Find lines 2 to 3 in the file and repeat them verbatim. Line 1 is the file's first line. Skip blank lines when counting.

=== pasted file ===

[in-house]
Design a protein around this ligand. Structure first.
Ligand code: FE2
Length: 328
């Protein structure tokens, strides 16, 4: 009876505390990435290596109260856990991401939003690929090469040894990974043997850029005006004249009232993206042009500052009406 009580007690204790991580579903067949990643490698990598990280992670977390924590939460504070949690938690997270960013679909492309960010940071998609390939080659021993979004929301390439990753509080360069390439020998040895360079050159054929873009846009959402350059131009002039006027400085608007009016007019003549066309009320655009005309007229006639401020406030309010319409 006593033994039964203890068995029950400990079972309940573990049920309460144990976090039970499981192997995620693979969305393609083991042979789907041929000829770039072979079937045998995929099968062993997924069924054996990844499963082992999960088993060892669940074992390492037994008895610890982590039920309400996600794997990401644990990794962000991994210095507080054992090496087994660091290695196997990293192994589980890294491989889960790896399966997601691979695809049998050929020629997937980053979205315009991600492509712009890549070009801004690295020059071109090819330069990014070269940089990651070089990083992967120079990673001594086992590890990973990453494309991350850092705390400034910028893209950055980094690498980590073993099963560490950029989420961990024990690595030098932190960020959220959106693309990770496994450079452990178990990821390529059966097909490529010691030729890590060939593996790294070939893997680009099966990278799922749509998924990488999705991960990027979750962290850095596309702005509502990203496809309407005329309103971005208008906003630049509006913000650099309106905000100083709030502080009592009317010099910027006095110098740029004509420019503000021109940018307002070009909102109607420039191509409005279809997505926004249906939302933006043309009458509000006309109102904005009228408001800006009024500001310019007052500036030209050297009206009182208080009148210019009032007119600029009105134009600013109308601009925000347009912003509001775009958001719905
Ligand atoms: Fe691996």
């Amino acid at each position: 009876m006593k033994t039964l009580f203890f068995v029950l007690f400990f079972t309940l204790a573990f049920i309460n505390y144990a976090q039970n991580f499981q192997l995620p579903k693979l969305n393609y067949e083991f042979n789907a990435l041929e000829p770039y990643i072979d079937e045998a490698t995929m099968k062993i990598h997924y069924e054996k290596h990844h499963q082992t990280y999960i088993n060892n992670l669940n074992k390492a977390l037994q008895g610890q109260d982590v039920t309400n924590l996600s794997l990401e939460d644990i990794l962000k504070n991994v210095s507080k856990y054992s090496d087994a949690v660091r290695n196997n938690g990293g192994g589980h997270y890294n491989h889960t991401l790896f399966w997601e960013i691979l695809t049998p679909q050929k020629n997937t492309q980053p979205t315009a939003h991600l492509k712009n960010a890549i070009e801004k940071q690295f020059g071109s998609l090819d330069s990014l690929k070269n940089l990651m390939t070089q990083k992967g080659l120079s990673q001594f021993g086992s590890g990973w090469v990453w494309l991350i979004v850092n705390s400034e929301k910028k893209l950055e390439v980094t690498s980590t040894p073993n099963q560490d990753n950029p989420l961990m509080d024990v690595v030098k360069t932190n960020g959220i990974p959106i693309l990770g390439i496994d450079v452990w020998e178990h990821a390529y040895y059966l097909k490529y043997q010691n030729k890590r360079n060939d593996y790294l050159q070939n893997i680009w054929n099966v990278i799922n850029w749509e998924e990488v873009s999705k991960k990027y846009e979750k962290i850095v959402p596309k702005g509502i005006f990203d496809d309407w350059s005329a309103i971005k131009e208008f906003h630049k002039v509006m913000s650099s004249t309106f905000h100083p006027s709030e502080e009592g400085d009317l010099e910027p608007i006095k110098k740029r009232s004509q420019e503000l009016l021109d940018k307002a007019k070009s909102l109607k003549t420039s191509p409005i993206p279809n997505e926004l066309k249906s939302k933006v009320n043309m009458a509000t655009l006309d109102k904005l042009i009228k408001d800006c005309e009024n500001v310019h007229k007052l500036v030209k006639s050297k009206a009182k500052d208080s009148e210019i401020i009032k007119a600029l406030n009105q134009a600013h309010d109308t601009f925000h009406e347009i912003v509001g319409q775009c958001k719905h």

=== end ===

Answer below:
Design a protein around this ligand. Structure first.
Ligand code: FE2